The presidential election held every four years in Kenya caused racial conflicts and tension among different races. Political turmoil and natural disasters in East Africa also complicated the students’ family backgrounds. For example, in recent years, more and more students were Somali refugees. COMIDO school also offered education to those girls from Muslim family who were originally forbidden to go to school.
 
Learn to be Grateful

Although the students in COMIDO school came from various races, they spent time playing, eating , doing homework every day together, so there were no racial conflicts among them. The students also serve as the bridge for their parents, creating common topics and expectations for them. Since the students learned to behave well, the community became a place of laughter instead of tears and condemn. Some students’ mother even served as volunteers at school.
COMIDO school valued not only students’ academic performance but also their character. The school also encouraged parents to pay a little of their children’s tuition so that the children could learn to be grateful for their parents’ efforts.
Mrs. Kariuki said that if the parents really couldn’t afford the tuition, the school would still unconditionally accept those students.
 
Miracle of Love

During the 23 years in Kenya, Mr. and Mrs. Kariuki saw the light of hope after every predicament, and thus gaining courage to go on. Mrs. Kariuki admitted that before she came, she had never imagined being so deeply connected to Africa, and that she kept learning and growing from her difficult life in Kenya.
Mrs. Kariuki shared an experience of a field trip where every child got one glass of milk, and this enough made them excited because it was the first time they got to drink their own glass of milk. The things that children in Taiwan take for granted are treasures for children in Kenya, so Kenyan children cherish every chance and experience. The biggest obstacle in the course of running the school is that their ability failed to meet their goal. Despite the horrible circumstances, Mr. and Mrs. Kariuki never stopped striving to give more and to create better life for the children there.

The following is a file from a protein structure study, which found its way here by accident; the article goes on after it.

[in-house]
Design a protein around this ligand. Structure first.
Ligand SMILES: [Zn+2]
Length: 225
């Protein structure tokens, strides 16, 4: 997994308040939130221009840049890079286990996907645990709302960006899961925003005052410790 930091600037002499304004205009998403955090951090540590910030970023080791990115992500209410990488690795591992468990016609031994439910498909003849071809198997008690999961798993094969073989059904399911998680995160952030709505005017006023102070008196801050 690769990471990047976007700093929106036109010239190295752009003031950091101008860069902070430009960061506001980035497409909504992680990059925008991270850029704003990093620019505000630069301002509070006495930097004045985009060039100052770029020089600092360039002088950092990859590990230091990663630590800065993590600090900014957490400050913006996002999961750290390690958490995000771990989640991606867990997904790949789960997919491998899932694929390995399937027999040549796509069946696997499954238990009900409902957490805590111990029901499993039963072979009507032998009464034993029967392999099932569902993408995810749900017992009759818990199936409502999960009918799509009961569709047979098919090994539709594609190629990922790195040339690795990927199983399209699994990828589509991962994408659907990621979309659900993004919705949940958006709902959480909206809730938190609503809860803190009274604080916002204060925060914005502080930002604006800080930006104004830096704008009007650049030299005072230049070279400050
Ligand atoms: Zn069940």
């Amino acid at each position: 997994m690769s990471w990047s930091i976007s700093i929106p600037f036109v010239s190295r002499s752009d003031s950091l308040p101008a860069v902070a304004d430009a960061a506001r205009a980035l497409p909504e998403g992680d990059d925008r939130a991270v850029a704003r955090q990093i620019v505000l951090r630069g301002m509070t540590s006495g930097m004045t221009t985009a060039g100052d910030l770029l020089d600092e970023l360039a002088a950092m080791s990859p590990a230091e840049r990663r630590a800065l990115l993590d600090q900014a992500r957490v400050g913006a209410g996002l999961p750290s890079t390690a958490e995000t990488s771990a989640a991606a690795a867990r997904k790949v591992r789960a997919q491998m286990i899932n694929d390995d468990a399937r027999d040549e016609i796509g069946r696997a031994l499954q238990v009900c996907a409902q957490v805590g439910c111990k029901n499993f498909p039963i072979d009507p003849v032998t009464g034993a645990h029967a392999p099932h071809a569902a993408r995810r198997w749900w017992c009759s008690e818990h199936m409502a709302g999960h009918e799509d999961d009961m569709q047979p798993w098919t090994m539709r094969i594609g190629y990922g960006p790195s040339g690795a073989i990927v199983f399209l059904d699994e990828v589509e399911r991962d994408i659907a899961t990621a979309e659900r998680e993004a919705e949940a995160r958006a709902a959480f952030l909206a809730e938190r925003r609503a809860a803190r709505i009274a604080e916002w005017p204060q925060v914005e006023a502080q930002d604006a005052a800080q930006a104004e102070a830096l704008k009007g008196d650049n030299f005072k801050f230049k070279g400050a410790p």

Although Mr. and Mrs. Kariuki have successfully used their meager income to provide education to more than 400 students, they still considered their efforts far from enough.
 
Call for Support

Seeing the children studying so hard, Mrs. Kariuki expressed her hope to further develop the school into a more complete and independent institution. Although it takes more time and support to achieve the goal, she will never give up. There is a Catholic school in Nairobi, which is the best educational institution there. Mrs. Kariuki hoped that COMIDO school can learn from it, opening the door to both the rich and the poor so that these children can further pursue their study.
The seeds of peace and education are already growing in COMIDO school and spreading across the slums. It is widely believed that education of love will soon bring peace to Kenya.
While the global economy was still unstable and the number of students enrolled in COMIDO school double every year, Mr. and Mrs. Kariuki still insisted in bringing peace and hope to Kenya and fighting poverty. They encouraged people to support what they were doing, because even little money can mean a lot to these children.
Mr. and Mrs. Kariuki sincerely invited everyone to adopt kids in the slums in Kenya, giving more chance for them to receive education. With love and support from all over the world, they believe that the racial conflicts will soon end, and that the miracle in Kenya will soon come.